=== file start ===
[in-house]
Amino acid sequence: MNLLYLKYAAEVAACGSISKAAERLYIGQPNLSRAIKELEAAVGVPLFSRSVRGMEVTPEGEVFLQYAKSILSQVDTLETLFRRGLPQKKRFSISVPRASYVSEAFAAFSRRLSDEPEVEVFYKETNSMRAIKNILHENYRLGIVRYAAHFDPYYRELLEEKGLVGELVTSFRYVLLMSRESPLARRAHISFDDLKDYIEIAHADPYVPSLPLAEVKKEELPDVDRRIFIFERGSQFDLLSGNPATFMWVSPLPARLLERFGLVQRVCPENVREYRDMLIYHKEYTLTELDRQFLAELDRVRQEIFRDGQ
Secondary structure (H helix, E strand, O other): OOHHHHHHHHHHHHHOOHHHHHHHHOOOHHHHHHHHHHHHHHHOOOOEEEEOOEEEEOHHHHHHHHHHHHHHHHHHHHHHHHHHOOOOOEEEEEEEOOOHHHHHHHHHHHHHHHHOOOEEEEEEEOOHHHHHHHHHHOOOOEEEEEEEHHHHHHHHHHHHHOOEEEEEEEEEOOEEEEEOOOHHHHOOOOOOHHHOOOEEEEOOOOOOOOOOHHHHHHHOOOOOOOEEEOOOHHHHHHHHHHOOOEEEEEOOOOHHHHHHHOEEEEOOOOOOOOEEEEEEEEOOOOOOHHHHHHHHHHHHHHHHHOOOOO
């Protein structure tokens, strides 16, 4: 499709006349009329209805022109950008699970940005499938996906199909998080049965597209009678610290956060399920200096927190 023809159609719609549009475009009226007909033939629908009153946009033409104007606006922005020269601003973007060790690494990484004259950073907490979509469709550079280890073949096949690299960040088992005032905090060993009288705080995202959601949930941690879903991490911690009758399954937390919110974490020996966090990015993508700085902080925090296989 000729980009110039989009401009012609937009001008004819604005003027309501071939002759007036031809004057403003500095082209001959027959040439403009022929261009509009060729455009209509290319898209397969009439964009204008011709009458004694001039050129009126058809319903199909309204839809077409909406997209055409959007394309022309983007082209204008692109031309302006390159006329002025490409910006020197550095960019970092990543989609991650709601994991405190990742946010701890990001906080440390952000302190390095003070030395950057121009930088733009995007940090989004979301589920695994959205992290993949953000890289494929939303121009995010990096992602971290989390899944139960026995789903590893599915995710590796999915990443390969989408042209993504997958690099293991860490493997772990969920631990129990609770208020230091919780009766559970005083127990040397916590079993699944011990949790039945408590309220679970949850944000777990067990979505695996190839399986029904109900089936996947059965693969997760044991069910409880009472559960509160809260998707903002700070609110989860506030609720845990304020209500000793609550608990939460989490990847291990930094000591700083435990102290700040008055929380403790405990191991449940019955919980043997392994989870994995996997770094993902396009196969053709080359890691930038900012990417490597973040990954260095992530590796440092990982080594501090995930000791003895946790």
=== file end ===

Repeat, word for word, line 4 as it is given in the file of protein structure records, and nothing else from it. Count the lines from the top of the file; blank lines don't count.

């Protein structure tokens, strides 16, 4: 499709006349009329209805022109950008699970940005499938996906199909998080049965597209009678610290956060399920200096927190 023809159609719609549009475009009226007909033939629908009153946009033409104007606006922005020269601003973007060790690494990484004259950073907490979509469709550079280890073949096949690299960040088992005032905090060993009288705080995202959601949930941690879903991490911690009758399954937390919110974490020996966090990015993508700085902080925090296989 000729980009110039989009401009012609937009001008004819604005003027309501071939002759007036031809004057403003500095082209001959027959040439403009022929261009509009060729455009209509290319898209397969009439964009204008011709009458004694001039050129009126058809319903199909309204839809077409909406997209055409959007394309022309983007082209204008692109031309302006390159006329002025490409910006020197550095960019970092990543989609991650709601994991405190990742946010701890990001906080440390952000302190390095003070030395950057121009930088733009995007940090989004979301589920695994959205992290993949953000890289494929939303121009995010990096992602971290989390899944139960026995789903590893599915995710590796999915990443390969989408042209993504997958690099293991860490493997772990969920631990129990609770208020230091919780009766559970005083127990040397916590079993699944011990949790039945408590309220679970949850944000777990067990979505695996190839399986029904109900089936996947059965693969997760044991069910409880009472559960509160809260998707903002700070609110989860506030609720845990304020209500000793609550608990939460989490990847291990930094000591700083435990102290700040008055929380403790405990191991449940019955919980043997392994989870994995996997770094993902396009196969053709080359890691930038900012990417490597973040990954260095992530590796440092990982080594501090995930000791003895946790």